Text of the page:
As he’d been warning, the Illinois state superintendent of education revealed startlingly low preliminary scores from an involved and controversial new standardized test Wednesday.
Illinois became the first of the 11 states and the District of Columbia that use the Partnership for Assessment of Readiness for College and Careers test to release any results, albeit, only statewide scores from children who took the test online. Pencil-and-paper exams also were given but were not yet ready, and the scores could not yet be reported by district or student.
What Supt. Tony Smith revealed was a vast majority of those students in Illinois were not yet proficient in math or English language arts, with only between 28 percent and 38 percent of third- through eighth-graders meeting state standards. The percentage of high-schoolers in Algebra I or Integrated Math I who exceeded standards was zero; 17 percent met them.
More Illinois students were proficient in English than in math, except for third-graders. Of the five performance levels approved Wednesday by the Illinois State Board of Education, only children who score in levels 4 or 5 are considered proficient. That said, the test carries no consequences for anyone this year.
Smith called the preliminary scores a baseline for going forward, and said that the results alone don’t tell the whole story.
“I think we should use this new test as a new starting point for our conversations about progress, and what our kids need to be ready for the next level of what’s coming in the future,” he said.
In March, PARCC replaced the Illinois State Achievement Test previously administered to grade school students and the Prairie State Achievement Examination for 11th graders. While those tests asked for multiple choice answers during a few hours, PARCC — given over several days and at two different points in the school year — tests math and English literacy by asking in-depth questions and asking students to show their work.
Smith warned against comparing the new tests with the old since they’re so different. However, parents are sure to notice, for example, that the range of students proficient on last year’s ISAT was about 25 percentage-points higher.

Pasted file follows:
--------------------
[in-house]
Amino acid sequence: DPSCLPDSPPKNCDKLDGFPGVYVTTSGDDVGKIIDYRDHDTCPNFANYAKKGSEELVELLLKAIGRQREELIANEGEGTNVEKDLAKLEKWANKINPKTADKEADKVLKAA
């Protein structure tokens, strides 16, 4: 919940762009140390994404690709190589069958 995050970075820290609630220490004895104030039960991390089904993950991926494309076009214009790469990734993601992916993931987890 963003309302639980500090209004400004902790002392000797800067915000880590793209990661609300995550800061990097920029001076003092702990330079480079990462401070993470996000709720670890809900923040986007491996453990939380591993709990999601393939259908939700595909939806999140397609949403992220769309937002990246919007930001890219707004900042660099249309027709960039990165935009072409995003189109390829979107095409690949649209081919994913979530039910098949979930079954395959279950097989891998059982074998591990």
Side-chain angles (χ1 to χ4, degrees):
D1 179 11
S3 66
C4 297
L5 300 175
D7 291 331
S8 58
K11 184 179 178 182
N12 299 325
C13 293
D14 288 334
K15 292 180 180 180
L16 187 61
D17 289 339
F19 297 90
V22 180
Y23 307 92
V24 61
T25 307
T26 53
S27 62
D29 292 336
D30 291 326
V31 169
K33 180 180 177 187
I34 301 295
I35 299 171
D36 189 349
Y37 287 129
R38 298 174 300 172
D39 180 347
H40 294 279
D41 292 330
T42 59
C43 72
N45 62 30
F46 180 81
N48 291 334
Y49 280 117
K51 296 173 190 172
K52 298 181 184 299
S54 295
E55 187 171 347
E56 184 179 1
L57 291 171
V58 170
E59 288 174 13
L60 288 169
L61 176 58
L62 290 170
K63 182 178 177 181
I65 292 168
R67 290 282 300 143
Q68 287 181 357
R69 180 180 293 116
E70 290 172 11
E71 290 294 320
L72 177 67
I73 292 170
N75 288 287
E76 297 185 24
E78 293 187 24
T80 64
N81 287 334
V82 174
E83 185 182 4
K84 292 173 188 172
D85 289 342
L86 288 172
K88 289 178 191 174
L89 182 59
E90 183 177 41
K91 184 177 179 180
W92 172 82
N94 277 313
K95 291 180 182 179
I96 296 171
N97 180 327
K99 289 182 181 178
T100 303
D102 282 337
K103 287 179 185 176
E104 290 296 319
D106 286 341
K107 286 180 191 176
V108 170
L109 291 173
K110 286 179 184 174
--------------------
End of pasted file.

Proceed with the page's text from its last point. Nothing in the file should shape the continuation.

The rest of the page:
Robin Steans, director of the education advocacy group Advance Illinois, called PARCC an honest improvement over the ISAT so parents and teachers can intervene with struggling children sooner.
“This isn’t ‘The sky is falling.’ This is a reset. It’s an appropriate reset. It’s a long overdue reset,” she said. “Over time, it’s going to prove out to be a stronger instrument.”
But the Chicago Teachers Union accused PARCC of being inappropriate for the target grades “and coyly designed for students to fail.”
“If you believe these scores have merit, I have some swampland in Brooklyn to sell you — and a lot of it,” CTU President Karen Lewis said. “These scores have very little to do with how children learn.”
The parent group Raise Your Hand, which has been lobbying for a law to let parents opt their children out of PARCC, maintained that the test is “a blatant waste of scarce resources in a state that ranks at the bottom of the nation for state funding of public education and near the top for inequity across rich vs. poor school districts,” director Wendy Katten wrote. “Our state and city’s education leaders must stop using test scores to attack schools rather than support them.”
In Chicago, many parents kept their children from taking PARCC, saying that the test itself wasn’t ready to be administered on a mass scale, and that CPS’ children also had to take another test each spring that counts toward teacher and school evaluations.
Former CEO Barbara Byrd-Bennett tried to persuade state officials to let CPS skip PARCC, arguing that many CPS children lacked the necessary computer skills. But threats from the former state superintendent to withhold $1 billion from federal funding tied to standardized testing under the federal No Child Left Behind law forced her hand.
As a result, many children purposely skipped the test, though neither CPS nor the Illinois State Board of Education could say how many. Data originally reported by Catalyst Chicago showed that principals self-reported 9,600 opt-outs among Chicago public schoolchildren.
ISBE will know how many opted out when district- and student-level scores become available, perhaps not until late November, Smith said. State report cards and individual student reports are normally published on Nov. 1.
“We’re a little bit in the dark. I don’t know a good answer of when we’re going to get all the data back from Pearson,” Smith said. “So we’ve been pushing as hard as we possibly can.”
Pearson, the British company holding a multimillion-dollar contract to administer PARCC in Illinois, said a statement that it was honoring all agreed-upon deadlines.
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Some Chicago parents rallied against PARCC, saying, among other things, the test wasn’t ready to be administered on a mass scale. | Sun-Times file photo